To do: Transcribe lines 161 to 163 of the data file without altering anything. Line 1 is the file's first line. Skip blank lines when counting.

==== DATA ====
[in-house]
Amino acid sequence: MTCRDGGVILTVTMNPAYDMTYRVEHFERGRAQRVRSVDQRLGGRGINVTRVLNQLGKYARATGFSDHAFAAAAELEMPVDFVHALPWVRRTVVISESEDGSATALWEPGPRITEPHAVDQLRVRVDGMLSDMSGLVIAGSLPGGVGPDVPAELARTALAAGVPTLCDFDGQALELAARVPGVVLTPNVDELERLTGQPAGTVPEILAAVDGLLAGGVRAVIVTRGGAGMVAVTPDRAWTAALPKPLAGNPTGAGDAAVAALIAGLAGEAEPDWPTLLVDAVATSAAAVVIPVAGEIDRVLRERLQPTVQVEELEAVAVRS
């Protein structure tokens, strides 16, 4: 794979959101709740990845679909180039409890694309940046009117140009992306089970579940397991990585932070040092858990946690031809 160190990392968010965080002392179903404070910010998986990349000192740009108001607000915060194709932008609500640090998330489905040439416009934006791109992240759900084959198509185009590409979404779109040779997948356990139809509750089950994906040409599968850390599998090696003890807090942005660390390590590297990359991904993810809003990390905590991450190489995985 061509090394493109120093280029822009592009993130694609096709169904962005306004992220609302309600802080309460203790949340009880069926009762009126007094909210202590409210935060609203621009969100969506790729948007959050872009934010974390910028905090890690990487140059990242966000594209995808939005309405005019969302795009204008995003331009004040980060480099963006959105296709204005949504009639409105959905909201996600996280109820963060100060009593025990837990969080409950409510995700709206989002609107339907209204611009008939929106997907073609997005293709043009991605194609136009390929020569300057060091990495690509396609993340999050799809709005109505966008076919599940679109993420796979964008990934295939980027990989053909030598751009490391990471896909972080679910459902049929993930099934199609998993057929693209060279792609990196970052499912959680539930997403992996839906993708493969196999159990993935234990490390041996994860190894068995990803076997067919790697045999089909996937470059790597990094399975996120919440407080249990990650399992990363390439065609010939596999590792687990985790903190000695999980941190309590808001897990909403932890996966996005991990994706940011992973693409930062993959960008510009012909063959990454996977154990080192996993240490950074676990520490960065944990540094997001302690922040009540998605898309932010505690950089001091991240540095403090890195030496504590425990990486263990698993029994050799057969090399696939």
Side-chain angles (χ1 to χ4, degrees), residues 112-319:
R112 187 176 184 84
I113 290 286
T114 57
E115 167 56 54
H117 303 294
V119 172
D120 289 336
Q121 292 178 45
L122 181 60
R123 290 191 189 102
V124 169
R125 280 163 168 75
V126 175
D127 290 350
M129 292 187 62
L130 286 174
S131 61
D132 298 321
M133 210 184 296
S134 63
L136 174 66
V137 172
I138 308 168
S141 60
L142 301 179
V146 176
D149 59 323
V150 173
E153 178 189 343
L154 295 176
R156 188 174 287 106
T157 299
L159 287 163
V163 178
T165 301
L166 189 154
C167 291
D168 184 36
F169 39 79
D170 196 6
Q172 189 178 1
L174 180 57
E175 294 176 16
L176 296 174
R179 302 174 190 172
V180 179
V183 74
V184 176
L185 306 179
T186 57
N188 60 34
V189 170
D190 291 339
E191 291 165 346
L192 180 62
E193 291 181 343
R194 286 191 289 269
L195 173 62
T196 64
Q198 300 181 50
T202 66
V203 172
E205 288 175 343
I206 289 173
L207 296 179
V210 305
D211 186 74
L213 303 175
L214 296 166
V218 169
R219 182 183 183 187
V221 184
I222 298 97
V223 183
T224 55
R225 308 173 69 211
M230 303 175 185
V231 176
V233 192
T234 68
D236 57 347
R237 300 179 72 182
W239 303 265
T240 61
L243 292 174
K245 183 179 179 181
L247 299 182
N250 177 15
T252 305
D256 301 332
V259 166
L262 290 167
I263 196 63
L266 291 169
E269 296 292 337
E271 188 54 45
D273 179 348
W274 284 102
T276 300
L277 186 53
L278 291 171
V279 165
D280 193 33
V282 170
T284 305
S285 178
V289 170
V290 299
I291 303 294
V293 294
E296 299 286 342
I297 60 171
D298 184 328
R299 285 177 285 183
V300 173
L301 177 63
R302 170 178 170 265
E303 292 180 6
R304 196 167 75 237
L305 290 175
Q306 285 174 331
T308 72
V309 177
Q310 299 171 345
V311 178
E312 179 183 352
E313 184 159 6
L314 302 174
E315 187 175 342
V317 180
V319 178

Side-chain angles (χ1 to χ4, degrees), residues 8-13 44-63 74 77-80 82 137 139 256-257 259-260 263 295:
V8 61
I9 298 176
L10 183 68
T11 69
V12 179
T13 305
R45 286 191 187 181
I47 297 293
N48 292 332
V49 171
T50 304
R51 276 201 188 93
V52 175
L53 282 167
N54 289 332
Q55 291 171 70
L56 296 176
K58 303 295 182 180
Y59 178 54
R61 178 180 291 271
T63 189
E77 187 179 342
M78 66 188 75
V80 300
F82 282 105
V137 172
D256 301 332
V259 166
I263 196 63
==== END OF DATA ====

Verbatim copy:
F82 282 105
V137 172
D256 301 332